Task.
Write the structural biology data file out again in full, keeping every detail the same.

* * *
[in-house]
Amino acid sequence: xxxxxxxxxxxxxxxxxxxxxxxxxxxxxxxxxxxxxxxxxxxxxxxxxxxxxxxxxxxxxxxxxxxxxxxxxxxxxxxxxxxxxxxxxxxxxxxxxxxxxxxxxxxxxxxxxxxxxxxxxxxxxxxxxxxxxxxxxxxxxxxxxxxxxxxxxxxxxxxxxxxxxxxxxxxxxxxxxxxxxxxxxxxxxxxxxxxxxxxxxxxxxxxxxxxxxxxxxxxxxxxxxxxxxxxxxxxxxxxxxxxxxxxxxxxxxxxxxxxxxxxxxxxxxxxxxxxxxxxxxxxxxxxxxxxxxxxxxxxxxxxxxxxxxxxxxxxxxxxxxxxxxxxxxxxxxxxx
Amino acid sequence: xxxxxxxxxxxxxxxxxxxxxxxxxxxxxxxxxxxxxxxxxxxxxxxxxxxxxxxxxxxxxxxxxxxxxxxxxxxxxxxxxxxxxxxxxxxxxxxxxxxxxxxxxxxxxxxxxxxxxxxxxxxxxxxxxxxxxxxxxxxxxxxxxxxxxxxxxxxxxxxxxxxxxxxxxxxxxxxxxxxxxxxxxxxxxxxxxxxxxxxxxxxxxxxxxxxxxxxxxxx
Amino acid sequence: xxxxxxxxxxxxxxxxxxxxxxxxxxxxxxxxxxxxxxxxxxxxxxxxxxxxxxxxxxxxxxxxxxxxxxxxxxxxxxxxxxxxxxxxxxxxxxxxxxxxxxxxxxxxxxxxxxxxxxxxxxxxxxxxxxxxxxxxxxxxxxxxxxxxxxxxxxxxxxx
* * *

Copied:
[in-house]
Amino acid sequence: xxxxxxxxxxxxxxxxxxxxxxxxxxxxxxxxxxxxxxxxxxxxxxxxxxxxxxxxxxxxxxxxxxxxxxxxxxxxxxxxxxxxxxxxxxxxxxxxxxxxxxxxxxxxxxxxxxxxxxxxxxxxxxxxxxxxxxxxxxxxxxxxxxxxxxxxxxxxxxxxxxxxxxxxxxxxxxxxxxxxxxxxxxxxxxxxxxxxxxxxxxxxxxxxxxxxxxxxxxxxxxxxxxxxxxxxxxxxxxxxxxxxxxxxxxxxxxxxxxxxxxxxxxxxxxxxxxxxxxxxxxxxxxxxxxxxxxxxxxxxxxxxxxxxxxxxxxxxxxxxxxxxxxxxxxxxxxxx
Amino acid sequence: xxxxxxxxxxxxxxxxxxxxxxxxxxxxxxxxxxxxxxxxxxxxxxxxxxxxxxxxxxxxxxxxxxxxxxxxxxxxxxxxxxxxxxxxxxxxxxxxxxxxxxxxxxxxxxxxxxxxxxxxxxxxxxxxxxxxxxxxxxxxxxxxxxxxxxxxxxxxxxxxxxxxxxxxxxxxxxxxxxxxxxxxxxxxxxxxxxxxxxxxxxxxxxxxxxxxxxxxxxx
Amino acid sequence: xxxxxxxxxxxxxxxxxxxxxxxxxxxxxxxxxxxxxxxxxxxxxxxxxxxxxxxxxxxxxxxxxxxxxxxxxxxxxxxxxxxxxxxxxxxxxxxxxxxxxxxxxxxxxxxxxxxxxxxxxxxxxxxxxxxxxxxxxxxxxxxxxxxxxxxxxxxxxxx